Despite early preparation, hospices and hospitals all over the globe are experiencing a shortage of personal protective equipment (PPE) for the foreseeable future. With masks on back order and patient visits as crucial as ever, volunteers in the community have stepped up to offer their time and sewing skills to help support the urgent needs of Blue Ridge Hospice (BRH). 

“We are very short on face masks. We are not alone as most health care systems, and hospices, around the globe are very short on supply,” says Dr. Brendan Flynn, Chief Medical Officer at BRH, “Hospital systems across the country are asking their community members who love sewing to pitch in and make hand-made, fabric face masks for clinical staff caring for patients. BRH is doing the same.” 

After receiving the mask-making instructions, volunteers and staff got to work with the goal of making enough washable, re-usable face masks for each clinical staff member to have multiple masks to use during their daily patient care.

These masks are compliant with CDC requirements of barrier face masks and will be effective in blocking droplets.  “They are not the ideal, first choice for mask-wear but, in times such as these, they will provide ongoing protection if/when our surgical masks supplies become critically low.  So many hospices across the country have no masks so we are fortunate to have the community we do around us who want to help keep us safe”, said Flynn.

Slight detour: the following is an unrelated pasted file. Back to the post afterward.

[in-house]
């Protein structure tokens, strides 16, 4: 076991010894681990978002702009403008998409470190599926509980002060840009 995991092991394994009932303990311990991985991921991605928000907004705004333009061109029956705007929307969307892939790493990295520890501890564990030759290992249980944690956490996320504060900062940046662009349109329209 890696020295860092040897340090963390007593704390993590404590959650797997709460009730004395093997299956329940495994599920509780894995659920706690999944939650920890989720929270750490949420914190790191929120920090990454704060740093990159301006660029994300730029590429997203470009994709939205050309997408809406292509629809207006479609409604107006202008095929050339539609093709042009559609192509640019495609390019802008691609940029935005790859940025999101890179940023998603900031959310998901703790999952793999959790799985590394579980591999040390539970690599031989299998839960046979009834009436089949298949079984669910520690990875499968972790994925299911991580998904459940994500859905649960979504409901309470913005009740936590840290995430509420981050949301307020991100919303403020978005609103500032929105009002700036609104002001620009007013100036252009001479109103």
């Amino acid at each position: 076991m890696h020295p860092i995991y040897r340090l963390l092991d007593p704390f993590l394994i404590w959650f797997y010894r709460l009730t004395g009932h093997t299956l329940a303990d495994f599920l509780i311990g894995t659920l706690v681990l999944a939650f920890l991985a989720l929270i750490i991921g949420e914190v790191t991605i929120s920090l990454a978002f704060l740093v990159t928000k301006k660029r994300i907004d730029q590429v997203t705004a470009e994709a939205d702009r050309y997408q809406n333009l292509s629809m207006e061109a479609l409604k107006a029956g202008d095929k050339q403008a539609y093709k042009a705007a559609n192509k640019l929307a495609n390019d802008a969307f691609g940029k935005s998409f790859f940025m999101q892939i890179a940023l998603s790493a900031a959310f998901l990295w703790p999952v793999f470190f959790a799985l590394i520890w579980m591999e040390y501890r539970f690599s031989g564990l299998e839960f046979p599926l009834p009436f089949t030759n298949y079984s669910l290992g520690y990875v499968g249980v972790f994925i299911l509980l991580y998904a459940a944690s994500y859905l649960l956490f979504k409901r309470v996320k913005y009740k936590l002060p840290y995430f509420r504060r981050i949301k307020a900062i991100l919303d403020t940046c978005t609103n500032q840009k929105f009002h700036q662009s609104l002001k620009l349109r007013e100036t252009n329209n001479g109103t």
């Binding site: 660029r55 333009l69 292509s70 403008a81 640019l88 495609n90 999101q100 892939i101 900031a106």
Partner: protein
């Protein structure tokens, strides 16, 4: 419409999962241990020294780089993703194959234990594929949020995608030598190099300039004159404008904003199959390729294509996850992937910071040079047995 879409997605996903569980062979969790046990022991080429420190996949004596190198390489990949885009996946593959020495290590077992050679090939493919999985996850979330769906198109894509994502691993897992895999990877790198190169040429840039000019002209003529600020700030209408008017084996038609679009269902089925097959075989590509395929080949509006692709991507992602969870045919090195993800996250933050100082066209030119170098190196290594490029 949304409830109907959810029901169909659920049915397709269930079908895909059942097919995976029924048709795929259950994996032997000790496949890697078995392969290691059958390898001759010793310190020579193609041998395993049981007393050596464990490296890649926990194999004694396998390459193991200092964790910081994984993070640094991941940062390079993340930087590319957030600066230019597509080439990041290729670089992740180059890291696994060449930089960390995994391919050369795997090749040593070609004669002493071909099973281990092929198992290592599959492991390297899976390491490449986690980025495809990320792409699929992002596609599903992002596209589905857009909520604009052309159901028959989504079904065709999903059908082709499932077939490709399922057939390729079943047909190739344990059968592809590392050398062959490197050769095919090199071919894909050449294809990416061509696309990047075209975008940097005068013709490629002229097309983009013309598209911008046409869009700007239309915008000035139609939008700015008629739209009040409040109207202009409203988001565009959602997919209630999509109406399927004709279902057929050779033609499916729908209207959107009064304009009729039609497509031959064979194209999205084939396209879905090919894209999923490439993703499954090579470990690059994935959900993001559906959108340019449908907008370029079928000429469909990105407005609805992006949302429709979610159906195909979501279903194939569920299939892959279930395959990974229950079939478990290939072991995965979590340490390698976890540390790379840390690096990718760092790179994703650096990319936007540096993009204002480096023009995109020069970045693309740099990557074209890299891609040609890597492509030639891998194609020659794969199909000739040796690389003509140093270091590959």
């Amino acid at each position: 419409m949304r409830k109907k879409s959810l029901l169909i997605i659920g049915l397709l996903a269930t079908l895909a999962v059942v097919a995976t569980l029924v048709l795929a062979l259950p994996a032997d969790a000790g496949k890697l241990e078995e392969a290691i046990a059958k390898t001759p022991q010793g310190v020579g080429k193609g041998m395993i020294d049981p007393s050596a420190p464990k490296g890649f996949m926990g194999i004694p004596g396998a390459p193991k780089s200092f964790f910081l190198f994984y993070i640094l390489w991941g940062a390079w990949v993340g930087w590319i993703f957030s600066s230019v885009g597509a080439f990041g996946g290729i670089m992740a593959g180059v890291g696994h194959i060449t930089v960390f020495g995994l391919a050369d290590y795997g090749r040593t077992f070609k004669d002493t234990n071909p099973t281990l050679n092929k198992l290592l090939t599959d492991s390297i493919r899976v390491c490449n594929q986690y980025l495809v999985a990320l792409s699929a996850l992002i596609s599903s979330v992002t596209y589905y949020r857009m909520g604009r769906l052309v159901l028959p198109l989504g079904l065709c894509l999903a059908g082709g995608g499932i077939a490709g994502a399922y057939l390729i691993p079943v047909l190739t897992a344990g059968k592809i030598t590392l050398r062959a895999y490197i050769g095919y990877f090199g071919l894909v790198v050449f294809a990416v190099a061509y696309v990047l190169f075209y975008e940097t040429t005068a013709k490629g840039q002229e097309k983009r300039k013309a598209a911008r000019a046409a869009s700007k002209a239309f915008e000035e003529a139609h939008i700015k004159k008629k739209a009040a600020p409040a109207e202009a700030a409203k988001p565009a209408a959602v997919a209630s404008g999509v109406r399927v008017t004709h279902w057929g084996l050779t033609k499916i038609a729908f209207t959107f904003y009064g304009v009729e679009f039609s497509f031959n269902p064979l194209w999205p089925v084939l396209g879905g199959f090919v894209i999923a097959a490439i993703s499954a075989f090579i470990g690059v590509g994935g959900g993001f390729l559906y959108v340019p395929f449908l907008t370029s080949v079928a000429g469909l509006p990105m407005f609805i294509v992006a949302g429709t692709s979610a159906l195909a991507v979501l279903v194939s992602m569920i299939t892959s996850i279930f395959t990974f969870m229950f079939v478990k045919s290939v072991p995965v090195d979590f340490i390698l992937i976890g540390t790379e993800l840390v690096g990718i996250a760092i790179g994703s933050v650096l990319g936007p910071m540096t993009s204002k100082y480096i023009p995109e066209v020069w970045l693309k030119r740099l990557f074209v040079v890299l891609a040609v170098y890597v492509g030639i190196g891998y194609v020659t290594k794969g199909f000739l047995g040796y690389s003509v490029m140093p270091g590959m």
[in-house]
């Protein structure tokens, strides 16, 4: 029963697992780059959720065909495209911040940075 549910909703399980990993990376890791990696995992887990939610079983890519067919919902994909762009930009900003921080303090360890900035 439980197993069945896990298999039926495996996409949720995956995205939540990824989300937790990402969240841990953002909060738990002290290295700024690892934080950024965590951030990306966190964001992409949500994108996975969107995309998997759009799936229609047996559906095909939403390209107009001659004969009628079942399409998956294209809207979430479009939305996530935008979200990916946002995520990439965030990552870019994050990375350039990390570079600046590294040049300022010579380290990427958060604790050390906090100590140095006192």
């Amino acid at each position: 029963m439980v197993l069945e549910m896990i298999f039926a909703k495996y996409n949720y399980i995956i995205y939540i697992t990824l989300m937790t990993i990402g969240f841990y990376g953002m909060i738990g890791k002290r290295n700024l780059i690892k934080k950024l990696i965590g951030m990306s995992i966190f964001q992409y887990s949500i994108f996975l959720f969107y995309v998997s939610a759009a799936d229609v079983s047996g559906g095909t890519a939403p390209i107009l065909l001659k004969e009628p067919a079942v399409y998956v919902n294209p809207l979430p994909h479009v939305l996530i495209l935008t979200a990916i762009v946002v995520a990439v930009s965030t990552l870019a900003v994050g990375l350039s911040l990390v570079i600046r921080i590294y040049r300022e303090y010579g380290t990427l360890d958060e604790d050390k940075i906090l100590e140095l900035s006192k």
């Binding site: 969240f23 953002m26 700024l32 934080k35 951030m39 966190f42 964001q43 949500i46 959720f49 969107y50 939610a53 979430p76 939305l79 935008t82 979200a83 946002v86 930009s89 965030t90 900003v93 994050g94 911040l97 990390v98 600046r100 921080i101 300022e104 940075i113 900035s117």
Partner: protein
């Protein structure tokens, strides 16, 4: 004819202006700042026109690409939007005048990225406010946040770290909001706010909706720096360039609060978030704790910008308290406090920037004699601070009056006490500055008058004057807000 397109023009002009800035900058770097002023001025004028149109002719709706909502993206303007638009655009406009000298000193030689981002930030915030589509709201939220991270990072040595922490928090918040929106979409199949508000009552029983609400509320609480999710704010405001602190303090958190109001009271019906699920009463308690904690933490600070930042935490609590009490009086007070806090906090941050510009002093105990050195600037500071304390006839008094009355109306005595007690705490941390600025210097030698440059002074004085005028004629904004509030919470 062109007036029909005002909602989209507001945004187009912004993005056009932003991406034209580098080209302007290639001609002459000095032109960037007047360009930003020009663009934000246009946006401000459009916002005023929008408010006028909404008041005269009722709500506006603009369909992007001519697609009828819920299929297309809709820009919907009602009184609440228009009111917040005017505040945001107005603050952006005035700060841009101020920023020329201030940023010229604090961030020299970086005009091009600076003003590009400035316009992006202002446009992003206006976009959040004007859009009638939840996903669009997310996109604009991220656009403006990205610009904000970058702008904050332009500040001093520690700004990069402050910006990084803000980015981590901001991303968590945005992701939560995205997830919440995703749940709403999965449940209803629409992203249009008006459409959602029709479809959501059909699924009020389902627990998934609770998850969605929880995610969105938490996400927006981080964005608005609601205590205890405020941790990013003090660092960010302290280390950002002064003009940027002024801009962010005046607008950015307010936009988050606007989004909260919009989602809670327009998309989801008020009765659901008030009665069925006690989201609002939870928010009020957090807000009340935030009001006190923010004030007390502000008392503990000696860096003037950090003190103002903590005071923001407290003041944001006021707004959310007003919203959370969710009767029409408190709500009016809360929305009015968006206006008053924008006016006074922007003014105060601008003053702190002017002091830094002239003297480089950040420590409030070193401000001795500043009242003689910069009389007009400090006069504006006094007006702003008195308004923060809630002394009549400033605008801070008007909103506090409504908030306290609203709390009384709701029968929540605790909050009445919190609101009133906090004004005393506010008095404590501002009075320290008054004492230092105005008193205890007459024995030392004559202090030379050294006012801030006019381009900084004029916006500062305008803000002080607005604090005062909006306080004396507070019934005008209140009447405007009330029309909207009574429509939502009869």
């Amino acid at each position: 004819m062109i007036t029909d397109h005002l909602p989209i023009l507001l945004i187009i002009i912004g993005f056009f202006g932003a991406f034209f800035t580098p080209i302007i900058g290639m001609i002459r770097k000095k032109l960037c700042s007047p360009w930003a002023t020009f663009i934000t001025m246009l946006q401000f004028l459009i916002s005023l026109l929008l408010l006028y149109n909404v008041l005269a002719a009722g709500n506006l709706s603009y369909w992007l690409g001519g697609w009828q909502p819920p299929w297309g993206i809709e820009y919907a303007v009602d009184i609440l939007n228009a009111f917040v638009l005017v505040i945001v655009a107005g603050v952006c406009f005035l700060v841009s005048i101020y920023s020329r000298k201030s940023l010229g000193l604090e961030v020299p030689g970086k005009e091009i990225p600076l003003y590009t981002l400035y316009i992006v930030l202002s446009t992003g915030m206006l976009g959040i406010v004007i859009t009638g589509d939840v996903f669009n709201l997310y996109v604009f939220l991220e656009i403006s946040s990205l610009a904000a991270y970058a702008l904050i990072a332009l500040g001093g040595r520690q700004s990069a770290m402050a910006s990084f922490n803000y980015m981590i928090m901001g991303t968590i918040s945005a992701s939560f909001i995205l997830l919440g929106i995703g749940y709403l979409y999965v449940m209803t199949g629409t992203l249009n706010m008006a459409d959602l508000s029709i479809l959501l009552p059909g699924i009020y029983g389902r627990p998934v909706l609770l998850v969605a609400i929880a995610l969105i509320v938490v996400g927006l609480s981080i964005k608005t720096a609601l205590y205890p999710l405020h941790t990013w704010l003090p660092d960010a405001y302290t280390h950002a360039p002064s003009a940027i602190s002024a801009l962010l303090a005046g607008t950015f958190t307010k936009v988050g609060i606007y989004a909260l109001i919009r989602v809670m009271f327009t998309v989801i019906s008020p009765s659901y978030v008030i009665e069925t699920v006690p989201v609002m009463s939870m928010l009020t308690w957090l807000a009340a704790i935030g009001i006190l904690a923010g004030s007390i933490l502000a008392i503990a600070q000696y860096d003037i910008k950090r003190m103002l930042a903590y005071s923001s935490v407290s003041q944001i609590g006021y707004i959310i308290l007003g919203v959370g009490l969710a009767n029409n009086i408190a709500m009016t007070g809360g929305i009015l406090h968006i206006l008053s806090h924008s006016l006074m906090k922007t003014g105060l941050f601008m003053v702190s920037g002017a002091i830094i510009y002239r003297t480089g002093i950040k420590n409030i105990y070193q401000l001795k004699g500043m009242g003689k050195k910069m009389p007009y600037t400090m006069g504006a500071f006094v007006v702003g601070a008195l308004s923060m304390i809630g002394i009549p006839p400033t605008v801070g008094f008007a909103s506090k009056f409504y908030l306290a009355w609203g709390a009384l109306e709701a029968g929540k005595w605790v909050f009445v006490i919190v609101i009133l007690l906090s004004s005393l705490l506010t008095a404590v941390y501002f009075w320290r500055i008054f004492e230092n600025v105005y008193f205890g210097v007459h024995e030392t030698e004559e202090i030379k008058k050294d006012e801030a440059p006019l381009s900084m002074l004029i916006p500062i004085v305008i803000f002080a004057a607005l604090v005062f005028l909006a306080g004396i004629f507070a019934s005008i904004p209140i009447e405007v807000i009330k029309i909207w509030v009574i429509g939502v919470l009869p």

“This is because our volunteers, and community at large, want to help us,” says Tonia Sweeney, Volunteer Services Manager at BRH, “so many of our staff and volunteers who visit and care for our patients now are left unable to do so due to COVID-19 safety concerns and yet they still want to help our organization.” 

“All volunteers and employees across Blue Ridge Hospice have really come together regardless of their roles; clinical, administrative, thrift and warehouse, to make the masks and help however they can. Our patient and family volunteers, who provide emotional support and companionship, are continuing to call patients and their families – this is more important than ever with most people self-isolating,” says Sweeney, “Dr. Flynn said, ‘people want to help so let’s put them to work’ and we jumped into action.”

“Dr. Flynn has been on top of the situation from the very beginning,” says Sweeney,  “he has taken this very seriously and has ensured that our staff and volunteers were kept informed of the latest updates on the COVID-19 pandemic and taking appropriate measures to protect themselves and our patients. Blue Ridge Hospice will come out of this stronger than ever.” 

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